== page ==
As countries around the world enact strict lockdowns to prevent the coronavirus pandemic from spreading, a Baptist peace activist in Zimbabwe argues such moves in his nation echo the lasting damage of Western colonialism. For poorer countries with few known cases and an inability to adequately test or provide for people during lockdown — let alone respond to an outbreak — some fear the impact of restrictive measures could cost more lives than the virus itself.
As of April 3, nearly 1.1 million people globally have been infected with the COVID-19 respiratory disease caused by coronavirus, and more than 58,000 have died. In Zimbabwe, only nine cases have been confirmed with one death. Meanwhile, the U.S. leads the world in the number of infected persons, and European nations account for the next three countries and nine of the top 14.
The first case in the southern African nation of Zimbabwe was found on March 15 after someone traveled home from the United Kingdom via neighboring South Africa. However, even before that point, President Emmerson Mnangagwa on March 14 declared a national emergency, created travel restrictions, and banned large gatherings.
On March 23, the day a 30-year-old Zimbabwean journalist became the first person in the country to die from COVID-19, Mnangagwa closed the nation’s borders except for essential travel, shut down entertainment places, restricted mass gatherings to no more than 50 people, and reduced hospital visits. Then on March 27, he announced a 21-day lockdown to begin March 30.
Lance Muteyo, a peace activist in Zimbabwe who cofounded the Pan African Peace Network and leads Trees of Peace Africa, is concerned about the impact the outbreak and the governmental responses will have on his country. He told Word&Way that as in other countries, “the virus has negative lasting impacts,” not just physically but also emotionally.
“Many people are living in fear, panic, and uncertainty,” added Muteyo, who is also an international associate global servant with American Baptist International Ministries.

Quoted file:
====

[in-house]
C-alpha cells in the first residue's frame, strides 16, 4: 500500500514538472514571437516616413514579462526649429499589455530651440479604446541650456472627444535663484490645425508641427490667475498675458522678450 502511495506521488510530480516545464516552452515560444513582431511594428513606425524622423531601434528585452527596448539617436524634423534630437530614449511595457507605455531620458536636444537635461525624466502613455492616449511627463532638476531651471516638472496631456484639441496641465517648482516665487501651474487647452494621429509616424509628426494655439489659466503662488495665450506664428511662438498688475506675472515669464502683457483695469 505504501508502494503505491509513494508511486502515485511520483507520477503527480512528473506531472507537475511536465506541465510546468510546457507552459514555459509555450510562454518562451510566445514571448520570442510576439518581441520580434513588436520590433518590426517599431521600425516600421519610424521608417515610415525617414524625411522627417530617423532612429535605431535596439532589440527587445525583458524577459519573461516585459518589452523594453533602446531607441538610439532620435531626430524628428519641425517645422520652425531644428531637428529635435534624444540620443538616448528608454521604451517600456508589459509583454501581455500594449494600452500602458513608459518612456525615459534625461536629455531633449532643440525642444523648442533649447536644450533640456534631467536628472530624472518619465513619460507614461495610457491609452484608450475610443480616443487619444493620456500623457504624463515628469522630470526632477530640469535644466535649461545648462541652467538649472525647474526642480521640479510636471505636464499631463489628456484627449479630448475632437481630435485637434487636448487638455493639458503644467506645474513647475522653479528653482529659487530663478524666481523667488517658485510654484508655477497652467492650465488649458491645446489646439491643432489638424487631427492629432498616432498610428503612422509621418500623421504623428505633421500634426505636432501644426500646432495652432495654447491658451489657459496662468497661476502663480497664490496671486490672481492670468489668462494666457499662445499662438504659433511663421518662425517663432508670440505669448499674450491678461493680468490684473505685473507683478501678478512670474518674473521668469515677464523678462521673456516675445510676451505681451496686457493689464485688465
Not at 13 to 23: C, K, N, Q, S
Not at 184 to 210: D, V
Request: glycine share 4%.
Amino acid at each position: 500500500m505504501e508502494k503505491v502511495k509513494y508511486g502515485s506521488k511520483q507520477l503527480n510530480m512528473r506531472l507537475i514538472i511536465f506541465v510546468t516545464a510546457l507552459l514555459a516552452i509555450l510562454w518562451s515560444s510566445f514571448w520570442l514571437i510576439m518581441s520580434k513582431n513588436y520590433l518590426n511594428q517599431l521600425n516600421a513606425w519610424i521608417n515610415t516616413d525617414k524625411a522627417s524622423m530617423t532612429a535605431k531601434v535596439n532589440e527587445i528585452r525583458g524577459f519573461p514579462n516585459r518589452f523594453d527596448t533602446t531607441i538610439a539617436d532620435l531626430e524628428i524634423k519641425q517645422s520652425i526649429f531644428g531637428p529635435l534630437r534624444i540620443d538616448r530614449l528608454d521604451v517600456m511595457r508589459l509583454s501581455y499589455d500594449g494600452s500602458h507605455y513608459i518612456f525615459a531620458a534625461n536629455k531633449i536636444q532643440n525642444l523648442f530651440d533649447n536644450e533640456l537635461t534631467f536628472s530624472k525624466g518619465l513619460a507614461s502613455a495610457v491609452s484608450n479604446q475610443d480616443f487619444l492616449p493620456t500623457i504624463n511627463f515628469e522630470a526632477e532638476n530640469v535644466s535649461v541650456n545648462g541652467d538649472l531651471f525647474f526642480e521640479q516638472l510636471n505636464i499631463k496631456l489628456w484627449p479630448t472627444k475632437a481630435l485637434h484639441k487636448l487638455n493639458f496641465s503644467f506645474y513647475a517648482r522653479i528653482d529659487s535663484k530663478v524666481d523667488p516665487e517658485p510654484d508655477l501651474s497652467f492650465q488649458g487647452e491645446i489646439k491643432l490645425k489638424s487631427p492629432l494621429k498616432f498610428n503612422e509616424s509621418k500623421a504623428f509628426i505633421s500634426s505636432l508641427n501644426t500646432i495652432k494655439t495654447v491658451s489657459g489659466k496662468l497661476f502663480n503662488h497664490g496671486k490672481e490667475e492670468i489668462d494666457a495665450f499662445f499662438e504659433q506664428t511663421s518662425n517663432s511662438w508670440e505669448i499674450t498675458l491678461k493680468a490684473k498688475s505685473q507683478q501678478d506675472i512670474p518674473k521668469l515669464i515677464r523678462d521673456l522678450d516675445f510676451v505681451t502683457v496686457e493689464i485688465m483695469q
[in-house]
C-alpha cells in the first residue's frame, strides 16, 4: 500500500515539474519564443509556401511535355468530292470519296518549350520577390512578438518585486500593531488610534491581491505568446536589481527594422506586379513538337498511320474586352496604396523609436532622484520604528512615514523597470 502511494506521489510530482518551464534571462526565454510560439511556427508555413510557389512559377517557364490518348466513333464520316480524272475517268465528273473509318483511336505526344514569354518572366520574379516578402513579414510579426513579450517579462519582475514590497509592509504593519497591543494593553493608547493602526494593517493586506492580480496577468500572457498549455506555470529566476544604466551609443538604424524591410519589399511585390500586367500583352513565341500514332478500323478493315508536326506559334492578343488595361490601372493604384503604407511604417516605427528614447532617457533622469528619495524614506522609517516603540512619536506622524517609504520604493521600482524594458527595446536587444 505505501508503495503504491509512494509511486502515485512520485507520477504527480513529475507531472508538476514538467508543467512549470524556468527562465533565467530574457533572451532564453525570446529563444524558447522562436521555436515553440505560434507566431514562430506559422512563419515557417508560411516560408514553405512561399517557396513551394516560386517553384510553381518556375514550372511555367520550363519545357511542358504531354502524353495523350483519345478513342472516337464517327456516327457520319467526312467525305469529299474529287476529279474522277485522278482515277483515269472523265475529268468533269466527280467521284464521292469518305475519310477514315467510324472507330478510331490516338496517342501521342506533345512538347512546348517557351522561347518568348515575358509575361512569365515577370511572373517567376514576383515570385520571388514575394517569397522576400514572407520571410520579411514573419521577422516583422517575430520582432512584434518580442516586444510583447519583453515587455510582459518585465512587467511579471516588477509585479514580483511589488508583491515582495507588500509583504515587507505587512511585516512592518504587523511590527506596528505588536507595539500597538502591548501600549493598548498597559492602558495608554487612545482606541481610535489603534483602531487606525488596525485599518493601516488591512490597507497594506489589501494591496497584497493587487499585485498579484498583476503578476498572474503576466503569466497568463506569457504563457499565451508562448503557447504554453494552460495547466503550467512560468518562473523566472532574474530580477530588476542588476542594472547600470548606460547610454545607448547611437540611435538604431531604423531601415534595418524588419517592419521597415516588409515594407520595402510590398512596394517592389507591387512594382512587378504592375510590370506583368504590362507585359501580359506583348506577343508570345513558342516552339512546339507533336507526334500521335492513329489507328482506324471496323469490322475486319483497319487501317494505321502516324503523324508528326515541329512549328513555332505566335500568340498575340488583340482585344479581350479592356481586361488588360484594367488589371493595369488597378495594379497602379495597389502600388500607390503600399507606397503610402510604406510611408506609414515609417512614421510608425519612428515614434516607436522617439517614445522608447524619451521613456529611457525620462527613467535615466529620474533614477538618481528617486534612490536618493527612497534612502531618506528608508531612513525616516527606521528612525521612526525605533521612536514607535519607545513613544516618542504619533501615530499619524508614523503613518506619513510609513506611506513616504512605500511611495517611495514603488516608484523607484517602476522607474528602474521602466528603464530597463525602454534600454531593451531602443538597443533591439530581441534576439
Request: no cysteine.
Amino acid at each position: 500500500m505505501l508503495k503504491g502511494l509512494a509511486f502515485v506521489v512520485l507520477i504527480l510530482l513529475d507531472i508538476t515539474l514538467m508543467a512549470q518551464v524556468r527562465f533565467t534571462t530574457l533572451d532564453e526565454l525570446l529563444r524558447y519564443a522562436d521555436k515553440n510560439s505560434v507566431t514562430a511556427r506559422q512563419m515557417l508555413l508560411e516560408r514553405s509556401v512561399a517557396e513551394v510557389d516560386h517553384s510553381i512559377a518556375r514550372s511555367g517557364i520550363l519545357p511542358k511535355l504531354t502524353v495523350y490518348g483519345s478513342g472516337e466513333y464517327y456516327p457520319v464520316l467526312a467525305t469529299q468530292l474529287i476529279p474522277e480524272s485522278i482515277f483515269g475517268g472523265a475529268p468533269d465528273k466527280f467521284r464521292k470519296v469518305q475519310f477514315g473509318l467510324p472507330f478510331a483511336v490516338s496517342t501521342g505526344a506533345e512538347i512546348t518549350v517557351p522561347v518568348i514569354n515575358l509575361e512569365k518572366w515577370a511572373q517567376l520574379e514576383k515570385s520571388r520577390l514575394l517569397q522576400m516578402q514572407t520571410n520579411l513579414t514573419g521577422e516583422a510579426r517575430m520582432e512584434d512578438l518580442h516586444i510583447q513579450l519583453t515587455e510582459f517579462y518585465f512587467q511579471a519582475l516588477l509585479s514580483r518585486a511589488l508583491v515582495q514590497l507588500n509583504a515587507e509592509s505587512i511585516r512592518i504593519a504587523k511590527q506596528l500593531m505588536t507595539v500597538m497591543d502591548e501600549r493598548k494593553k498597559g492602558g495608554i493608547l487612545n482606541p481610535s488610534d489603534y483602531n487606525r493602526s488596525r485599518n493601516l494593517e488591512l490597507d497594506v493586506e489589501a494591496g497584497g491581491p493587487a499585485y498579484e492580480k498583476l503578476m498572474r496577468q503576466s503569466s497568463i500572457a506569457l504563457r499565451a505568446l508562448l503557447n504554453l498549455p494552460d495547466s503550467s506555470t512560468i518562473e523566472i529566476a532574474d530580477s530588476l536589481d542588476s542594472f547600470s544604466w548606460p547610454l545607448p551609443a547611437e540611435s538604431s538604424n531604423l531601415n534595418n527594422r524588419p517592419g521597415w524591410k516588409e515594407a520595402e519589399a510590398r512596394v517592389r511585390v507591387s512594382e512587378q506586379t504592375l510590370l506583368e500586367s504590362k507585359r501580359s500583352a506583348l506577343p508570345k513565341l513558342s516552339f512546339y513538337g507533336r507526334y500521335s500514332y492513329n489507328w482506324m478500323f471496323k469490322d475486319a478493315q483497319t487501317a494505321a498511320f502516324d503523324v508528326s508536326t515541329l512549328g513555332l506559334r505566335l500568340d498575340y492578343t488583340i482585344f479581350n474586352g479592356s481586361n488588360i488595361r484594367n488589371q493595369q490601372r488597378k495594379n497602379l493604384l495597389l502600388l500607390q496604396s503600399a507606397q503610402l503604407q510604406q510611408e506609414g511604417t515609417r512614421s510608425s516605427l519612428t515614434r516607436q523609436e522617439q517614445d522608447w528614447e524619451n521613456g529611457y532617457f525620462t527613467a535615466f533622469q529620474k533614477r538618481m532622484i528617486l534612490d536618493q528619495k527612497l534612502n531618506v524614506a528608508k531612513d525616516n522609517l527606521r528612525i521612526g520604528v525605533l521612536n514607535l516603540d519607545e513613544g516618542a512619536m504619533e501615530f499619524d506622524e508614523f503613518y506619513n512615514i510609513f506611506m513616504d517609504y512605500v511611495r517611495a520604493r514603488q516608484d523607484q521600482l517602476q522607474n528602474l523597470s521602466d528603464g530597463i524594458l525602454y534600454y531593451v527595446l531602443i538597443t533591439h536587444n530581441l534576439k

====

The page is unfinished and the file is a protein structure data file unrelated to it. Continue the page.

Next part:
However, Muteyo also worries about the devastation brought by the lockdown, noting that “social distancing does not work here when the majority live in crowded townships.”
“A WHO-recommended lockdown is a necessary evil for the safety of everyone, including our global friends,” he explained. “Unfortunately, a ‘lockdown’ in many developing countries ends up becoming a ‘shutdown.’”
Muteyo recounted the situation facing Zimbabwe before the coronavirus pandemic: high levels of poverty and unemployment, and sanctions imposed by the U.S., United Kingdom, and European Union. Additionally, the country has just over half as many beds per 1,000 people as in the U.S., four percent as many doctors per 1,000 people as in the U.S., and a life expectancy of just 61. The World Food Program says about half the nation needs food aid, and inflation is at 500 percent. Thus, while a coronavirus outbreak could be deadly, so was the status quo before the pandemic.
Muteyo said he fears the “sad reality” is that in the lockdown people face the “dilemma” between going out to get things but risking the spread of the virus “or staying indoors and die of hunger.” Thus, while he sees staying home as a way of saving lives, he also knows that for many they have to leave home to save lives.